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Congress Considers Legislation to Reverse Supreme Court Decision on Defective Medical Device Lawsuits

By March 26, 2009July 16th, 2019Defective Medical Device litigation

Federal legislators are introducing new bills that would allow patients to once again file lawsuits over injuries from flawed or unsafe medical devices, the New York Times reported Feb. 19. The bills are necessary because of a February 2008 Supreme Court decision in Riegel v. Medtronic Inc. (PDF), which found that defective medical device lawsuits based on state claims are preempted by explicit language in federal law. The decision barred most, if not all, medical device claims, leaving patients at the mercy of a flawed FDA approval process.
The article starts with the story of the Turnidge family, which lost father Mark Turnidge in January. Turnidge, 33, had an internal defibrillator implanted into his heart, which was intended to regulate his heartbeat. Because of a break in the device that could have caused random, repeated electric shocks to his heart, Turnidge decided to have it surgically removed — but the surgery went wrong. Turnidge died, leaving wife Wendy and two young boys behind. Wendy Turnidge is considering a medical malpractice lawsuit as well as a dangerous medical device lawsuit against Medtronic, the maker of the flawed defibrillator that made the surgery necessary. But thanks to the Riegel decision, a Medtronic lawsuit would almost certainly be dismissed unless Congress takes action.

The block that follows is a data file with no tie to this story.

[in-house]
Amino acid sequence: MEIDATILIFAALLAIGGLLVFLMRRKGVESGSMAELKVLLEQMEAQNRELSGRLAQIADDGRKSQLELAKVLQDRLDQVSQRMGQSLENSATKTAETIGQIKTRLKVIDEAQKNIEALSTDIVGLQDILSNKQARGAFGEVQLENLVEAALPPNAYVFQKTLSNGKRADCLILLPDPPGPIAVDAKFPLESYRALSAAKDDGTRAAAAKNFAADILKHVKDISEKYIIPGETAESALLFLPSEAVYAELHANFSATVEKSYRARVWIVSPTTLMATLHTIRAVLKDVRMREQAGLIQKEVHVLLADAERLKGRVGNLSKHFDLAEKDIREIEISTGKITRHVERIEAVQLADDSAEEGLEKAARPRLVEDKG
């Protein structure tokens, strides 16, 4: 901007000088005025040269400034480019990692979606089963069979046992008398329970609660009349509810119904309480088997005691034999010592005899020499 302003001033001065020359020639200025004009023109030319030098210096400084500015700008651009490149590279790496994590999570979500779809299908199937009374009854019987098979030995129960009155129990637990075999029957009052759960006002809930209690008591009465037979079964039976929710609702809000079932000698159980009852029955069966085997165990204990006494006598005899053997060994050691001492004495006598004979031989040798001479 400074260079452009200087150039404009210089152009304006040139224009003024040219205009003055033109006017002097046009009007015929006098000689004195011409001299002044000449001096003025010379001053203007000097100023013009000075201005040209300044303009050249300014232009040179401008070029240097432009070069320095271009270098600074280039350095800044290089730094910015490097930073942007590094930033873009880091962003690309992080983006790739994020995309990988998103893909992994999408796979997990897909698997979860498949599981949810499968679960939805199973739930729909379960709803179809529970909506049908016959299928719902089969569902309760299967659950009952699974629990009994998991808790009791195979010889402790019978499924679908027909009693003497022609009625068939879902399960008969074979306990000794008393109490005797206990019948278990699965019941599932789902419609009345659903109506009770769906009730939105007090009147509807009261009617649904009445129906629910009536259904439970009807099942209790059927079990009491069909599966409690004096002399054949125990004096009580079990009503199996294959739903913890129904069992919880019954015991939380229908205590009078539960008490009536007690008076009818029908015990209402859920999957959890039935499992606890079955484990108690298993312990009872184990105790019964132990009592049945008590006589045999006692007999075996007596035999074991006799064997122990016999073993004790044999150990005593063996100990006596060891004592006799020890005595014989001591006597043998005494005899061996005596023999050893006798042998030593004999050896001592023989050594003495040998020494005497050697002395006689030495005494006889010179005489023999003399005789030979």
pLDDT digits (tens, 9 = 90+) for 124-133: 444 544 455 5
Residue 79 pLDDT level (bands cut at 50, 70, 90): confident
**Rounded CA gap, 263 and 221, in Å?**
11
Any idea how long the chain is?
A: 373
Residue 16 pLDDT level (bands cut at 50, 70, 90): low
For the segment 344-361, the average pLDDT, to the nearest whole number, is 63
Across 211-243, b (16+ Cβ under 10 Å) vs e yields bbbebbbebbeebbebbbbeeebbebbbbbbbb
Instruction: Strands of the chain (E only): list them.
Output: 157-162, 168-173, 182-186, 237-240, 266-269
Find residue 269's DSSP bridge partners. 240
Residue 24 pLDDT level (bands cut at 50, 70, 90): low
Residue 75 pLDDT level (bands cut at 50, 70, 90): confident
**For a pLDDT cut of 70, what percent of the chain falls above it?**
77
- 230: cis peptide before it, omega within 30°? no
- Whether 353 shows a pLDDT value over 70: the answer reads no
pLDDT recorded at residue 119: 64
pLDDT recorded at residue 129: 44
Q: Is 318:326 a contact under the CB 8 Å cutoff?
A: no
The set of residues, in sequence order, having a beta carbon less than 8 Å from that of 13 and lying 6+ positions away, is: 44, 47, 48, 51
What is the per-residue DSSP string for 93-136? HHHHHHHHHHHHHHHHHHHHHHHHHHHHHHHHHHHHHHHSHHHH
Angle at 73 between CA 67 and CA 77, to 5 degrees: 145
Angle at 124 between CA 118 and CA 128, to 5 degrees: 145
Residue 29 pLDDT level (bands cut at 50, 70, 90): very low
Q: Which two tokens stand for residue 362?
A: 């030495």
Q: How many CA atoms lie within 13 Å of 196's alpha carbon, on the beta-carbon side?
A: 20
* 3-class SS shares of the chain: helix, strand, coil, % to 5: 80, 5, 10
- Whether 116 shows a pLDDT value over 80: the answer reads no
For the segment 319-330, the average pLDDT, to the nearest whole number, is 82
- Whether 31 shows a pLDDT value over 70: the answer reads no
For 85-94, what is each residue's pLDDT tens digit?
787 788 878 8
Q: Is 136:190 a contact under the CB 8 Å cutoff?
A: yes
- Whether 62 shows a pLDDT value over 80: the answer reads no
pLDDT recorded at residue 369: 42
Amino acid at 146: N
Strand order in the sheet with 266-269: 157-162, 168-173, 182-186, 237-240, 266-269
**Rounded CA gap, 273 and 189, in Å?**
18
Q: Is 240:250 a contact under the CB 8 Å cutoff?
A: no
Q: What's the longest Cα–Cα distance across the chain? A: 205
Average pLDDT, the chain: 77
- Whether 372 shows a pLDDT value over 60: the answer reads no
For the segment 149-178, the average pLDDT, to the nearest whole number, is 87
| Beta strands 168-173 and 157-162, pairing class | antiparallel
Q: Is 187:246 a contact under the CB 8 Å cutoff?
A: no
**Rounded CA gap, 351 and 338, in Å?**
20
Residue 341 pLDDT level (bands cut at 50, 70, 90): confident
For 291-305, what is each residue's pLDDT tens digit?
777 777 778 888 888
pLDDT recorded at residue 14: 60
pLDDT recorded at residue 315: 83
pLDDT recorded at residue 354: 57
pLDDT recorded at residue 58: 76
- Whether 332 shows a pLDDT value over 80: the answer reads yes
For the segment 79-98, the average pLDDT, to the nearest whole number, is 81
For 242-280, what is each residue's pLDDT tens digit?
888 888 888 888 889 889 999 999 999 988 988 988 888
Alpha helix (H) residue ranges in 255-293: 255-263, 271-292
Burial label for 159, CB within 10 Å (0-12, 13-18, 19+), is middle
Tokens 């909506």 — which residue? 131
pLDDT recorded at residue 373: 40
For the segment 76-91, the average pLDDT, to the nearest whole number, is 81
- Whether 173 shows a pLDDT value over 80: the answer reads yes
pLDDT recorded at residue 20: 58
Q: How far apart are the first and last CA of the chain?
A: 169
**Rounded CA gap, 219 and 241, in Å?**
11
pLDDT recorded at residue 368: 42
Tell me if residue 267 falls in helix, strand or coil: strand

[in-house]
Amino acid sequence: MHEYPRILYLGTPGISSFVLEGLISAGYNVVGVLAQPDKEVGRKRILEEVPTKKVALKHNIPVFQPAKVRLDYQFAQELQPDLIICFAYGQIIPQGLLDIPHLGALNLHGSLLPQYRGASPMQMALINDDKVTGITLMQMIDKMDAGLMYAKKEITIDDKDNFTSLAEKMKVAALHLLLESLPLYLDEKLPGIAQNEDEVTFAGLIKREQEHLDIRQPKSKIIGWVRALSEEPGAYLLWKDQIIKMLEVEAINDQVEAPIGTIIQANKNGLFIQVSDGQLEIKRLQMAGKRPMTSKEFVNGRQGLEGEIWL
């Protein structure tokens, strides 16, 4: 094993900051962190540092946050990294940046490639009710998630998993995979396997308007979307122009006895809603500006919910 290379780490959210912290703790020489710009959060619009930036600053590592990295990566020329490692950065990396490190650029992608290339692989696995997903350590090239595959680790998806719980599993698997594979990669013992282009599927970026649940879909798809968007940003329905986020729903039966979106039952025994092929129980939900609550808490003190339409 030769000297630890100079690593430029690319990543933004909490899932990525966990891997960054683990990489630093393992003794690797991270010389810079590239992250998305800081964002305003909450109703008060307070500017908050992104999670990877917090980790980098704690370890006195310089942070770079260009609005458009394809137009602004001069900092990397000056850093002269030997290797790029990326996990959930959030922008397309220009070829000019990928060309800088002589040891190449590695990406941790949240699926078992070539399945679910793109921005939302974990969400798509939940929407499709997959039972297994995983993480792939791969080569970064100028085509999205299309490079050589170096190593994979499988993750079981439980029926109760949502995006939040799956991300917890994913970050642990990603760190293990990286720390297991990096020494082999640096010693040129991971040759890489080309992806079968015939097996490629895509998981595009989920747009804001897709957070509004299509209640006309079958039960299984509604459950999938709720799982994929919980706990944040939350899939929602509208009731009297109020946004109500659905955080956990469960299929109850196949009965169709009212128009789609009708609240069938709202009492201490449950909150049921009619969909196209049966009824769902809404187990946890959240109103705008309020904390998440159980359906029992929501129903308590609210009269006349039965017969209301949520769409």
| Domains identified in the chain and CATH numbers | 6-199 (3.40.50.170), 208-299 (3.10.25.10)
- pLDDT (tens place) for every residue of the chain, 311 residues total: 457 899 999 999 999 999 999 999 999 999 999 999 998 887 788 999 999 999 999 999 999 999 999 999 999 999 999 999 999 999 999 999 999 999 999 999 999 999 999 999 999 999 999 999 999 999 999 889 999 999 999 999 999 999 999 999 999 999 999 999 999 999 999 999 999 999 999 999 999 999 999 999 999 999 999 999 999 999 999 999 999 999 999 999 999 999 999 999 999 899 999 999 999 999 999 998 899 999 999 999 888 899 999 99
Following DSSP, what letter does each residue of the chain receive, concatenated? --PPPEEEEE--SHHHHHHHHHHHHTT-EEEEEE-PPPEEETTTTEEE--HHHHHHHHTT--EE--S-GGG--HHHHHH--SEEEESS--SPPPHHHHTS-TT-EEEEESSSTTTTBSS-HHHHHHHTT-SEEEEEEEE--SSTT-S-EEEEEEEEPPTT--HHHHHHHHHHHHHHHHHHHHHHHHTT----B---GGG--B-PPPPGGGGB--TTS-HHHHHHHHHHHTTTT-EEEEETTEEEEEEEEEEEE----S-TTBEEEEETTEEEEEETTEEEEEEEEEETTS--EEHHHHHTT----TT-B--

Preemption is a legal doctrine that says federal law trumps the laws of states and local governments. If a federal law preempts a state law, following that federal law should protect individuals and businesses from criminal or civil liability for not following state laws on the same subject, including state negligence claims. The Riegel decision found that language in the Medical Devices Amendments of 1976 explicitly preempted state claims. (This makes it distinct from the court’s more recent decision in Wyeth v. Levine, in which the pharmaceutical company argued that the law implied, but did not outright specify, preemption.)
As the Times reported, this decision left medical device patients to rely wholly on FDA regulators to prevent serious injuries or even deaths from medical device defects. That would be more reassuring if so many medications and medical devices had not been recalled in recent years due to serious safety flaws, and if we had not seen so many reports of political and industry influence trumping science at the agency. As a pharmaceutical liability attorney, I have seen patients killed, disabled or diagnosed with lifelong serious health conditions because of injuries from FDA-approved medicines and devices. I do not believe FDA approval is enough to ensure safety, at least at the moment.
Based in St. Louis, Carey, Danis & Lowe represents clients in Missouri and throughout the nation in defective medical device litigation and dangerous prescription drug claims. If you or someone you love has been hurt by a pharmaceutical product and you’d like to talk with us about legal action, please contact us online or call us toll-free at 1-877-678-3400.